By day, Astrid Klein and Mark Dytham run Tokyo’s Klein-Dytham Architecture — turning inspiration sparked from the convergence of their myriad global influences (she was born in Italy to German parents, schooled in France, and educated in Britain, where the pair met before moving east in 1988) into building-sized testaments to their creative prowess. They just so happen to have designed our new happy place in Tokyo, Daikanyama T-Site, pictured here. By night, Astrid and Mark foster the global movement known as Pecha Kucha. This isn’t the duo’s first stroke of brilliance — Klein-Dytham designs some of the prettiest buildings we’ve seen anywhere, globally inspired but deeply rooted in the minimalist ethos and diverse natural surroundings of life in Japan. They also run an event space, SuperDeluxe, where they invite young designers to think, drink, collaborate, make noise, eat food, share big ideas, and network their little hearts out — and where, way back in 2003, Pecha Kucha was born.
In the hands of the 99% of us for whom public speaking isn’t a life calling, having to present an idea — no matter how jaw-droppingly awesome it actually is — to a room full of people is a particular kind of hell. And watching someone else bury their own great idea under rambling departures from the point and yawn-inducing over-explanations is just as bad — unless you’re hard-pressed for a nap, probably worse. But Klein and Dytham hit the sweet spot, challenging presenters to distill a message into 20 slides, showing each for 20 seconds. In six minutes and forty seconds, you can really only do so much damage — and as it turns out, it’s led to some of the most powerful and profoundly moving storytelling sessions we’ve had the pleasure of witnessing. Tonight, The Cleaners acts as the Portland headquarters of Pecha Kucha Global Night, alongside about 100 other cities hosting similar events. Starting at 7pm, it’s free and open to the public — true to spirit.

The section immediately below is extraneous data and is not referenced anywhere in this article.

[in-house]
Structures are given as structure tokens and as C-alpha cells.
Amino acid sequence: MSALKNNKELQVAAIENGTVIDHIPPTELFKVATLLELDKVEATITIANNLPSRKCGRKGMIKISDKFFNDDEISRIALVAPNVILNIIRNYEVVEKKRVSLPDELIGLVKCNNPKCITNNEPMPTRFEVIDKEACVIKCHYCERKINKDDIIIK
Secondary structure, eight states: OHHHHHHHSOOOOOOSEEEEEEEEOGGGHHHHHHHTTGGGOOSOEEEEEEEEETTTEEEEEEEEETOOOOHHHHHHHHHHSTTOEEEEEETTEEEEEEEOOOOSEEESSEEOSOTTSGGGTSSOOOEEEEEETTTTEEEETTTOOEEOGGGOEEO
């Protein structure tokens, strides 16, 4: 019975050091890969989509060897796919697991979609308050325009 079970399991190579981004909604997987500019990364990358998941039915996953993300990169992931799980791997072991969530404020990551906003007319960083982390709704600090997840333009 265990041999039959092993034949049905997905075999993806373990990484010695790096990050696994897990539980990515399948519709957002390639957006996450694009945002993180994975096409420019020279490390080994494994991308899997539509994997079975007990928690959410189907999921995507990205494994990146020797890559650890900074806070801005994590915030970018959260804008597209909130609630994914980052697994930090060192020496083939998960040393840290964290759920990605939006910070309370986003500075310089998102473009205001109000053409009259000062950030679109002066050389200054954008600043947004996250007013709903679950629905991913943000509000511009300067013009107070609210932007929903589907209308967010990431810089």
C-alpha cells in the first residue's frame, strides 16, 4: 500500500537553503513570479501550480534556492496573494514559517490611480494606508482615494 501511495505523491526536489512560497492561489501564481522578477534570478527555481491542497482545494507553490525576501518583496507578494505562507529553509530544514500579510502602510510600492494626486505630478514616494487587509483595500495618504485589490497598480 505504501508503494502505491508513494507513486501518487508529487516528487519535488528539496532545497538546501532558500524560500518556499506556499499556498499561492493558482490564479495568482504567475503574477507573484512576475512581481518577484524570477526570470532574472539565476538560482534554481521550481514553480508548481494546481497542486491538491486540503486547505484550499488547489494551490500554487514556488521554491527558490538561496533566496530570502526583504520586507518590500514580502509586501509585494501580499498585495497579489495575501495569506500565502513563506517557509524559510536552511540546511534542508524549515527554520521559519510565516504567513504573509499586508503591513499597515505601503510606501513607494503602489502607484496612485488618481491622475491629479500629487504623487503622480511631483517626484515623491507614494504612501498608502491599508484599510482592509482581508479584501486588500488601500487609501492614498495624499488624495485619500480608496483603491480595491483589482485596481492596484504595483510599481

By day, Astrid Klein and Mark Dytham run Tokyo’s Klein-Dytham Architecture — turning inspiration sparked from the convergence of their myriad global influences (she was born in Italy to German parents, schooled in France, and educated in Britain, where the pair met before moving east in 1988) into building-sized testaments to their creative prowess. They just so happen to have designed our new happy place in Tokyo, Daikanyama T-Site, pictured here. By night, Astrid and Mark foster the global movement known as Pecha Kucha. This isn’t the duo’s first stroke of brilliance — Klein-Dytham designs some of the prettiest buildings we’ve seen anywhere, globally inspired but deeply rooted in the minimalist ethos and diverse natural surroundings of life in Japan. They also run an event space, SuperDeluxe, where they invite young designers to think, drink, collaborate, make noise, eat food, share big ideas, and network their little hearts out — and where, way back in 2003, Pecha Kucha was born.

In the hands of the 99% of us for whom public speaking isn’t a life calling, having to present an idea — no matter how jaw-droppingly awesome it actually is — to a room full of people is a particular kind of hell. And watching someone else bury their own great idea under rambling departures from the point and yawn-inducing over-explanations is just as bad — unless you’re hard-pressed for a nap, probably worse. But Klein and Dytham hit the sweet spot, challenging presenters to distill a message into 20 slides, showing each for 20 seconds. In six minutes and forty seconds, you can really only do so much damage — and as it turns out, it’s led to some of the most powerful and profoundly moving storytelling sessions we’ve had the pleasure of witnessing. Tonight, The Cleaners acts as the Portland headquarters of Pecha Kucha Global Night, alongside about 100 other cities hosting similar events. Starting at 7pm, it’s free and open to the public — true to spirit.


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